The blog of Richard Thompson, caricaturist, creator of "Cul de Sac," and winner of the 2011 Reuben Award for Outstanding Cartoonist of the Year.

Tuesday, February 5, 2008

Dill's Brothers

Dill Wedekind, Alice's mooncalf friend & neighbor, has at least three older brothers, near as I can figure. Also, from what I can tell, his family are kind of suburban hillbillies; his mom and dad are former late-generation hippies who've lived on farms. So the stuff inside their house sometimes sprawl out into their yard and beyond, just because they're used to outbuildings & sheds & barns. On a farm you can have big projects that get worked on outside, you can tear down buildings and put up new ones, you can build a trebuchet.

We had neighbors some blocks over who were probably suburban hillbillies and there was a trebuchet parked in thier driveway for a year or so. In a suburban neighborhood there's no hiding stuff like that, which I like as it makes the landscape more interesting. Their trebuchet is gone now, which is a shame as I heard it wasn't all that successful at throwing things. I knew a few people back when who built a trebuchet, and a catapult, and a small cannon that shot onions. If I was handy I'd build a seige engine, one of those tower things, just to make the landscape more interesting. And maybe earn some cash on the side cleaning gutters.


paul bowman said...

Property values? What about 'em, I say! What price are you gonna put on being able to gaze up at your neighbor's trebuchet as you drive past every day?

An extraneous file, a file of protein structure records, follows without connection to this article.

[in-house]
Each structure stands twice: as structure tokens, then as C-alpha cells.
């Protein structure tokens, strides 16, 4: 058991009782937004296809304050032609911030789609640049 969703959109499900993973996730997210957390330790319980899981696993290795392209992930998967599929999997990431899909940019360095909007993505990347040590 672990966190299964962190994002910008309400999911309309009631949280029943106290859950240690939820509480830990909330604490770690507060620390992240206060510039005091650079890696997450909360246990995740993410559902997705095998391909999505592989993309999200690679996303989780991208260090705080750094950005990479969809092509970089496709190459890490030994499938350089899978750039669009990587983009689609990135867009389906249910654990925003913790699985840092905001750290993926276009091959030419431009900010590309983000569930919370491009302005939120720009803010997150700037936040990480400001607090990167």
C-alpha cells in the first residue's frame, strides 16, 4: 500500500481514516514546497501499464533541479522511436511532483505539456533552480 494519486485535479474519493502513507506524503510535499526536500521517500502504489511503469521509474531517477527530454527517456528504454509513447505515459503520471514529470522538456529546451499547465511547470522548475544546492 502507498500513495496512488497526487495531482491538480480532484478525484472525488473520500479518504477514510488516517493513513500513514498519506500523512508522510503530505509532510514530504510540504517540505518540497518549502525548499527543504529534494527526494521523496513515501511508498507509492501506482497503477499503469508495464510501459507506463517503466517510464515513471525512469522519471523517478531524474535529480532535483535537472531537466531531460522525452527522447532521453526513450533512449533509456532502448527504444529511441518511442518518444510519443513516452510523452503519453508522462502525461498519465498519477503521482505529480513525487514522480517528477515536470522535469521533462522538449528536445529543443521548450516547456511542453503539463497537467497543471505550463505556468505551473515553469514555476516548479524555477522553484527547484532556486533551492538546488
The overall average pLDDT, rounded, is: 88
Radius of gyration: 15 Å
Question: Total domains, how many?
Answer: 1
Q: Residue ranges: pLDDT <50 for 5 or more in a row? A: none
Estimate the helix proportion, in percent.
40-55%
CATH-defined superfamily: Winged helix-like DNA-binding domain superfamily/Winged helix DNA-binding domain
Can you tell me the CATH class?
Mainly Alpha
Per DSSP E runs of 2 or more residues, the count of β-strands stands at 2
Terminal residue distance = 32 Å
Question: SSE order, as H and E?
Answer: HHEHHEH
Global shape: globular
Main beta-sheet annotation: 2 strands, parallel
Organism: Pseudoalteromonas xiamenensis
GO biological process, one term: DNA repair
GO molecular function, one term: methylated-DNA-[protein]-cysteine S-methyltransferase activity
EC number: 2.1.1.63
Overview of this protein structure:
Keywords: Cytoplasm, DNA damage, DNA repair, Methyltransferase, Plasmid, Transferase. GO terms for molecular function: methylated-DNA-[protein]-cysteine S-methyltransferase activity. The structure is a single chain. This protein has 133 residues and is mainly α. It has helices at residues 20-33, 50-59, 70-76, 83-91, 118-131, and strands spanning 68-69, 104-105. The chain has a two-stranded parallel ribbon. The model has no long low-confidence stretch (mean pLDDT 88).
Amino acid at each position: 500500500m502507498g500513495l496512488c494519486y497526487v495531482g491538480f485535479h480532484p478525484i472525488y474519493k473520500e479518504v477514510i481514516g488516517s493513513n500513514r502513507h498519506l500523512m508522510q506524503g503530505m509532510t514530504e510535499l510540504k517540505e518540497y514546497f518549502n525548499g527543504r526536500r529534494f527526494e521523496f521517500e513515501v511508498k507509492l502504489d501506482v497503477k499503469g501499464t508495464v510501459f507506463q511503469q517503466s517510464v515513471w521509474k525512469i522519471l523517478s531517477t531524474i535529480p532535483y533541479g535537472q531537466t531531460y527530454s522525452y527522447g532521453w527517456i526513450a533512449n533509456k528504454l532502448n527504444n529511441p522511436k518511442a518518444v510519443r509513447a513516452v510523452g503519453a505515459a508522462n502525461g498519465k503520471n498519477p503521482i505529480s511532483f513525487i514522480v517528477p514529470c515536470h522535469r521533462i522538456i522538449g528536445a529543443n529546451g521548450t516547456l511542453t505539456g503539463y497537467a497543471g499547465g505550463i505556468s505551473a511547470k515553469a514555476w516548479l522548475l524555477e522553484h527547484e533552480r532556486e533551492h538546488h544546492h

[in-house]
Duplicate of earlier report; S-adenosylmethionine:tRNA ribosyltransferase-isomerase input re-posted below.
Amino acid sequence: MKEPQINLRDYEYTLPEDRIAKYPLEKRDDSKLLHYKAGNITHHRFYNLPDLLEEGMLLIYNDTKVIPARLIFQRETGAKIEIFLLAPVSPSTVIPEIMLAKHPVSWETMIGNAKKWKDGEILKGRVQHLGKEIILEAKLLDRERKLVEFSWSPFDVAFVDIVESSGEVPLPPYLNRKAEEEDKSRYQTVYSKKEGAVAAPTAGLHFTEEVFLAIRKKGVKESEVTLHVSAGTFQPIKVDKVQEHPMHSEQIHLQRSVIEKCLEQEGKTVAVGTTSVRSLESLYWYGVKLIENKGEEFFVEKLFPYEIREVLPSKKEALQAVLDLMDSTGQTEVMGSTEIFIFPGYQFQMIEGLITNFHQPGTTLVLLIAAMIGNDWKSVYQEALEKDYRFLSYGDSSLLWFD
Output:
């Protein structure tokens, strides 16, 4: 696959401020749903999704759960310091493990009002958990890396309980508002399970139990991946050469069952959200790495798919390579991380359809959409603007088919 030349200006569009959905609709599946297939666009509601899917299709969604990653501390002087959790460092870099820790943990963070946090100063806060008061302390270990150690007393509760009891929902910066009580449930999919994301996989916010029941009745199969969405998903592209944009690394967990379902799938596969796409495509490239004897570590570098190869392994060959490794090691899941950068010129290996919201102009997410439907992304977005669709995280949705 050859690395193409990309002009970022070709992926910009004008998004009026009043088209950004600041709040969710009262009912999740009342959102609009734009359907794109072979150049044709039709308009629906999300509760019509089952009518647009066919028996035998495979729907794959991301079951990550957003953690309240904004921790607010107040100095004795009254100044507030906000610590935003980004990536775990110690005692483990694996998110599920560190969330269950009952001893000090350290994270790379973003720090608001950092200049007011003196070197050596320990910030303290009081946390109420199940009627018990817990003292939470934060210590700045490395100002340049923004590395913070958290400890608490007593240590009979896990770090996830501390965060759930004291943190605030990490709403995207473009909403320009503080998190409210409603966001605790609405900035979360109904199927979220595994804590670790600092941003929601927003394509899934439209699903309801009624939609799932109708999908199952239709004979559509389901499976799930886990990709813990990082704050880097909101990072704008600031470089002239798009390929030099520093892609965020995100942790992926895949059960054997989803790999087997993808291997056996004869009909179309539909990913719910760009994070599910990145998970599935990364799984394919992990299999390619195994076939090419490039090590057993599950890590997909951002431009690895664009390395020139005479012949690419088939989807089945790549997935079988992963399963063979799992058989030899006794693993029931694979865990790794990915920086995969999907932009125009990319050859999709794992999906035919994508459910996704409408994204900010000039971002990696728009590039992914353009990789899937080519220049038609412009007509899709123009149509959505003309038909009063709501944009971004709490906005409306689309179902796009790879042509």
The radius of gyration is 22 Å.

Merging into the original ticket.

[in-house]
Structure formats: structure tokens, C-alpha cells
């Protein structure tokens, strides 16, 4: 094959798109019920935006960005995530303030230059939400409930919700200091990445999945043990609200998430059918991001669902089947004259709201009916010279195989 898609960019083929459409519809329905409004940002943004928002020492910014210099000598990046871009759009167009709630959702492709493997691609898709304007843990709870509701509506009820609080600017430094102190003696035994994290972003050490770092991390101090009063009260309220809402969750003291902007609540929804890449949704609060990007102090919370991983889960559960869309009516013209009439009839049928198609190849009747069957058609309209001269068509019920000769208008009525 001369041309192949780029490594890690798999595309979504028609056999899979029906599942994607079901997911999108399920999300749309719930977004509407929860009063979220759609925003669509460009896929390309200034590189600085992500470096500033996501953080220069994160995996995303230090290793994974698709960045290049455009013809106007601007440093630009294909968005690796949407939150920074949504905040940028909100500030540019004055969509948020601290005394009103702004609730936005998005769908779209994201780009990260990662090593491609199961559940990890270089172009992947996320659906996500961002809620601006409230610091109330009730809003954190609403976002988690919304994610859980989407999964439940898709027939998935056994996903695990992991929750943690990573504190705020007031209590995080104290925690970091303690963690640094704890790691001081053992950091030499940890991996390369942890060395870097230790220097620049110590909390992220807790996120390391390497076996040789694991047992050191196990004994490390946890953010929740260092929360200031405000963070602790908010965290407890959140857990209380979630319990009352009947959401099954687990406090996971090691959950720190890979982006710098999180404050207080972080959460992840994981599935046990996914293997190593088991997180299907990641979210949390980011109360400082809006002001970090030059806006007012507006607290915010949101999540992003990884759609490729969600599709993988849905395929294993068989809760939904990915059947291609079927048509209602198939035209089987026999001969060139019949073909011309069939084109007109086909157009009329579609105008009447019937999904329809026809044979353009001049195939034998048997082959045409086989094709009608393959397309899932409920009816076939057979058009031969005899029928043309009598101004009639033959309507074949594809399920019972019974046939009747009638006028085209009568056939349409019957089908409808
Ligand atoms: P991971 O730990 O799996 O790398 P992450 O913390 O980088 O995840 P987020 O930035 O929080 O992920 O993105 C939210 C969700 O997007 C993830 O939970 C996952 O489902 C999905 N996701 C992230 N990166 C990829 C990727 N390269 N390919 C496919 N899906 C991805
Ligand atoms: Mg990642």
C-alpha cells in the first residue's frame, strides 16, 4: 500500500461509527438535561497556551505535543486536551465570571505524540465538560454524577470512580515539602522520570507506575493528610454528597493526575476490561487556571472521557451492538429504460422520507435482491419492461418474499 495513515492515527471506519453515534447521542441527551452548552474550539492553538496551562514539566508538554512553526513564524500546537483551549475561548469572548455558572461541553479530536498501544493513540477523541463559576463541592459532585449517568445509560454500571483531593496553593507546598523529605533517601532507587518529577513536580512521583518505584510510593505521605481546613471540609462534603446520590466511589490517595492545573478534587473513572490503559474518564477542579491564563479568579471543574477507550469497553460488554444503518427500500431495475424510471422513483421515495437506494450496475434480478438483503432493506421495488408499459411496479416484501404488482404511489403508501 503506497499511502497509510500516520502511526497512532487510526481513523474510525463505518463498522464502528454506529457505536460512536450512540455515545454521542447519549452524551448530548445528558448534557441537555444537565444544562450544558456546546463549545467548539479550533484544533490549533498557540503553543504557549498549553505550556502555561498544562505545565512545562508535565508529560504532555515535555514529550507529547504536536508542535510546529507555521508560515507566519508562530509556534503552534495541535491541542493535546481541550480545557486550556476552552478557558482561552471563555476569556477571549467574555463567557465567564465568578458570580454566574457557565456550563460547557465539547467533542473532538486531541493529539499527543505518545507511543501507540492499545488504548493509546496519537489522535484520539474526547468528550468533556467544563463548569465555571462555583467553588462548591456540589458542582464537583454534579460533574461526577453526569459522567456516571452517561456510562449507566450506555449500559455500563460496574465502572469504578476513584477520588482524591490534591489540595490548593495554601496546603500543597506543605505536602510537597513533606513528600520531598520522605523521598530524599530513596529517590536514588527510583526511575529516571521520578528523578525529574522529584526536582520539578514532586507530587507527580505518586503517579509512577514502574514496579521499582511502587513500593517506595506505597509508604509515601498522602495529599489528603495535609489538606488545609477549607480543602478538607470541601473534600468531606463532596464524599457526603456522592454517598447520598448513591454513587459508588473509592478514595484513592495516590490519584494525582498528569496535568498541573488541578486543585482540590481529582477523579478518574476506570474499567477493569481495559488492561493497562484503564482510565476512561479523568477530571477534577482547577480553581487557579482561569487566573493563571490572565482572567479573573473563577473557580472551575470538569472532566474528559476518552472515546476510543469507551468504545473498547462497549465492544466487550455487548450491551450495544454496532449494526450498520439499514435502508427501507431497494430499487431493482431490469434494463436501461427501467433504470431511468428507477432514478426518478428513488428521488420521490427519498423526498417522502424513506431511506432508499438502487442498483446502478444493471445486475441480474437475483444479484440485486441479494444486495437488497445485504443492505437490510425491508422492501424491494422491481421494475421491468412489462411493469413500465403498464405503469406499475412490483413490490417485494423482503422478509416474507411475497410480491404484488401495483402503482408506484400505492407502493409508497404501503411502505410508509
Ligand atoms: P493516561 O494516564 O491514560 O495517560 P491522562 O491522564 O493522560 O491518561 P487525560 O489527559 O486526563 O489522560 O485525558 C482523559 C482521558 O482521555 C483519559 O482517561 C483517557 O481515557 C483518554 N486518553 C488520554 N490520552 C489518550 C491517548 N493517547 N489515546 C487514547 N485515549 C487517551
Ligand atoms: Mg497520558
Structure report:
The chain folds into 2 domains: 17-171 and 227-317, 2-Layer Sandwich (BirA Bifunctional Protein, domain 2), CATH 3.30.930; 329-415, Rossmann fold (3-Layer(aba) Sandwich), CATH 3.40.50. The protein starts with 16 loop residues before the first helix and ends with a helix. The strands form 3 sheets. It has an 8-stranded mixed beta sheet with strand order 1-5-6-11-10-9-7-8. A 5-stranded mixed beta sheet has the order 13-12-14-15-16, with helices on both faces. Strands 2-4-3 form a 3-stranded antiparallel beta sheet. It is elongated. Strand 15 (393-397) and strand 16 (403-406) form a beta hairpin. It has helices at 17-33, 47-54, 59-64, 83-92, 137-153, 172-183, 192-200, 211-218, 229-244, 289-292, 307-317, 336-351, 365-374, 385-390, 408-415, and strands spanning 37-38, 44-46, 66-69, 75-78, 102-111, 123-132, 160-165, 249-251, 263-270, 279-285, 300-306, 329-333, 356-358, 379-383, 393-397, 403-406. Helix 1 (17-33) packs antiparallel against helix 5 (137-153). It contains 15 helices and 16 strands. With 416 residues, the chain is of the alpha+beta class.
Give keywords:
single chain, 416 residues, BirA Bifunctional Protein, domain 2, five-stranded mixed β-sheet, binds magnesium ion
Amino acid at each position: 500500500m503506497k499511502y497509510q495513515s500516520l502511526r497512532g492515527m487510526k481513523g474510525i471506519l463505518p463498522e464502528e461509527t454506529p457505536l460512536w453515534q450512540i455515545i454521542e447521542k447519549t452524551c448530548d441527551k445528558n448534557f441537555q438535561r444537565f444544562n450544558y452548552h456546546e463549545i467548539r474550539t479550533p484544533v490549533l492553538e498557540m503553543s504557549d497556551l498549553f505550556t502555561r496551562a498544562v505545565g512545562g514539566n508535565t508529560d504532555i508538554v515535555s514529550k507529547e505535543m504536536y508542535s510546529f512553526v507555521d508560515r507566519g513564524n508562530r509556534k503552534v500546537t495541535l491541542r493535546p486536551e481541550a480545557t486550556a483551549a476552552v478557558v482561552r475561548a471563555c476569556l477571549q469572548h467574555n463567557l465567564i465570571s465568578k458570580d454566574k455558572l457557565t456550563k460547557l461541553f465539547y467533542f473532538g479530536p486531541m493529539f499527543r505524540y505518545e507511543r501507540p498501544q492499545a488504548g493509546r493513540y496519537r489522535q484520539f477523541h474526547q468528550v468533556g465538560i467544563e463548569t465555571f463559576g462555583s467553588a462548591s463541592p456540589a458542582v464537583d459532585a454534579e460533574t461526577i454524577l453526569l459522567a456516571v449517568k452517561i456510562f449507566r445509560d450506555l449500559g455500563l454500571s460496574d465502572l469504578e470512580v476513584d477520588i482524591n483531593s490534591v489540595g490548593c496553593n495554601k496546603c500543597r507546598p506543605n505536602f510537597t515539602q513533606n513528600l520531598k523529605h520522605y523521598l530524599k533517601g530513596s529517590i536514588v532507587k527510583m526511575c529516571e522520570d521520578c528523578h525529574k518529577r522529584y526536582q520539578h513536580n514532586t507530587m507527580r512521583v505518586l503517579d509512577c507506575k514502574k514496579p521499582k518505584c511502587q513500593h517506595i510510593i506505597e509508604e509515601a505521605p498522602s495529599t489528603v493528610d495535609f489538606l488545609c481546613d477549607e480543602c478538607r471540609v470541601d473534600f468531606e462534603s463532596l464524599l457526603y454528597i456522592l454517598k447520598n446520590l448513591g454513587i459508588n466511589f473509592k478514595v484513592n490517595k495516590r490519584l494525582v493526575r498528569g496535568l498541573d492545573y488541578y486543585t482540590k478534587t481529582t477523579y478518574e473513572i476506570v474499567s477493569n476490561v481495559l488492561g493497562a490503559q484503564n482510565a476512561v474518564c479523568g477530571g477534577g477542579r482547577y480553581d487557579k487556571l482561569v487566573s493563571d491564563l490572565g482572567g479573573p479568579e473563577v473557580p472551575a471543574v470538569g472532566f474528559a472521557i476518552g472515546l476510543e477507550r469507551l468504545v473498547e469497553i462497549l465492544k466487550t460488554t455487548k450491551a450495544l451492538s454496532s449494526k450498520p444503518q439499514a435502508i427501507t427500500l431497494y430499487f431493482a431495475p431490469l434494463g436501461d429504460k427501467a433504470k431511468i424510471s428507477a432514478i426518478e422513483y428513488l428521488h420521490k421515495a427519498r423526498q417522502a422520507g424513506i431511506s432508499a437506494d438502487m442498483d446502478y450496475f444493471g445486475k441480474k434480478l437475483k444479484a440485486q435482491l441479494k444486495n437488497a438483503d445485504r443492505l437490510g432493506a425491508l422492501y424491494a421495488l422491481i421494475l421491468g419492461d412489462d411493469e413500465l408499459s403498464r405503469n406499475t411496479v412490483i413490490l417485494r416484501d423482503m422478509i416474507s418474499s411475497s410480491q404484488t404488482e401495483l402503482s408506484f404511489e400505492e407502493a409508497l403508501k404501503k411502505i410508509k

Michael Devers said...

I really enjoy today's strip. There must be all kinds of kid-wersions-of-old-wives-tales out there. My personal favorite: my grandmother used to cover all of the mirrors in the house with towels during lightning storms.

richardcthompson said...

I know, Paul, it isn't very practical, but these days I can barely afford our neighborhood anyway. About 6 or 7 blocks over there's a house with a dead tree out front that the owner commissioned a chain-saw artist to transform into a sculpture. The sculpture's of a mermaid, topless like a mermaid should be, with her arms outstretched towards the house. Traffic slows as it passes, and it's on a major road. About 8 blocks over there's a little grandma-size house that's been torn down and replaced with big, bloated grey house that's so enormously ugly its picture appeared in a story about eyesores in the Washington Post. Betweem the little grandma-sized houses with the yards all gone to hell (basically my house) and the 1.5 million dollar mcmansions taking their places, a trebuchet is somehow refreshing.

richardcthompson said...

And CHB, I'd never heard that one! My daughters do the ice cube in the toilet and wear their pajamas inside out & backwards to invoke the god of snow. I'd never heard this when I was a kid.